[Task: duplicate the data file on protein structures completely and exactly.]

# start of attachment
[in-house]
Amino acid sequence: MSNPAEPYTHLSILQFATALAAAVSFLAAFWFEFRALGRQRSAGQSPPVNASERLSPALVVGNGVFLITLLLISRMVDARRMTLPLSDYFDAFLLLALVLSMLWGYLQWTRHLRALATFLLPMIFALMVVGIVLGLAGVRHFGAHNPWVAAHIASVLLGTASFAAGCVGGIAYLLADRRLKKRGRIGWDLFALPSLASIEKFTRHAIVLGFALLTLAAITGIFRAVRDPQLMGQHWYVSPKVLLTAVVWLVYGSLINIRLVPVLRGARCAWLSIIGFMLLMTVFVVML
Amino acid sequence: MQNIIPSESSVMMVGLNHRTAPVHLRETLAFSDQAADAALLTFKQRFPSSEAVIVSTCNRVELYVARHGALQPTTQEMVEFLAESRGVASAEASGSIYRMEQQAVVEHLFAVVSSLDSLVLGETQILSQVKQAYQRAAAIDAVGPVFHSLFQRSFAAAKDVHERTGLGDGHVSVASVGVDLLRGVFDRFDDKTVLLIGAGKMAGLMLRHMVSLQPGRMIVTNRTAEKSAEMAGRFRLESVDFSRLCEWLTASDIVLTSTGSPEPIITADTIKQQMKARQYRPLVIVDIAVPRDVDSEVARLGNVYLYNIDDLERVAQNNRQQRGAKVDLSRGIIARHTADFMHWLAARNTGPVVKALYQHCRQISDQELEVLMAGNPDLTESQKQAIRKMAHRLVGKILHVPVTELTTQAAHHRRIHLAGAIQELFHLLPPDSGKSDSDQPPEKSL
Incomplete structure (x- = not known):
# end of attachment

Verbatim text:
[in-house]
Amino acid sequence: MSNPAEPYTHLSILQFATALAAAVSFLAAFWFEFRALGRQRSAGQSPPVNASERLSPALVVGNGVFLITLLLISRMVDARRMTLPLSDYFDAFLLLALVLSMLWGYLQWTRHLRALATFLLPMIFALMVVGIVLGLAGVRHFGAHNPWVAAHIASVLLGTASFAAGCVGGIAYLLADRRLKKRGRIGWDLFALPSLASIEKFTRHAIVLGFALLTLAAITGIFRAVRDPQLMGQHWYVSPKVLLTAVVWLVYGSLINIRLVPVLRGARCAWLSIIGFMLLMTVFVVML
Amino acid sequence: MQNIIPSESSVMMVGLNHRTAPVHLRETLAFSDQAADAALLTFKQRFPSSEAVIVSTCNRVELYVARHGALQPTTQEMVEFLAESRGVASAEASGSIYRMEQQAVVEHLFAVVSSLDSLVLGETQILSQVKQAYQRAAAIDAVGPVFHSLFQRSFAAAKDVHERTGLGDGHVSVASVGVDLLRGVFDRFDDKTVLLIGAGKMAGLMLRHMVSLQPGRMIVTNRTAEKSAEMAGRFRLESVDFSRLCEWLTASDIVLTSTGSPEPIITADTIKQQMKARQYRPLVIVDIAVPRDVDSEVARLGNVYLYNIDDLERVAQNNRQQRGAKVDLSRGIIARHTADFMHWLAARNTGPVVKALYQHCRQISDQELEVLMAGNPDLTESQKQAIRKMAHRLVGKILHVPVTELTTQAAHHRRIHLAGAIQELFHLLPPDSGKSDSDQPPEKSL
Incomplete structure (x- = not known):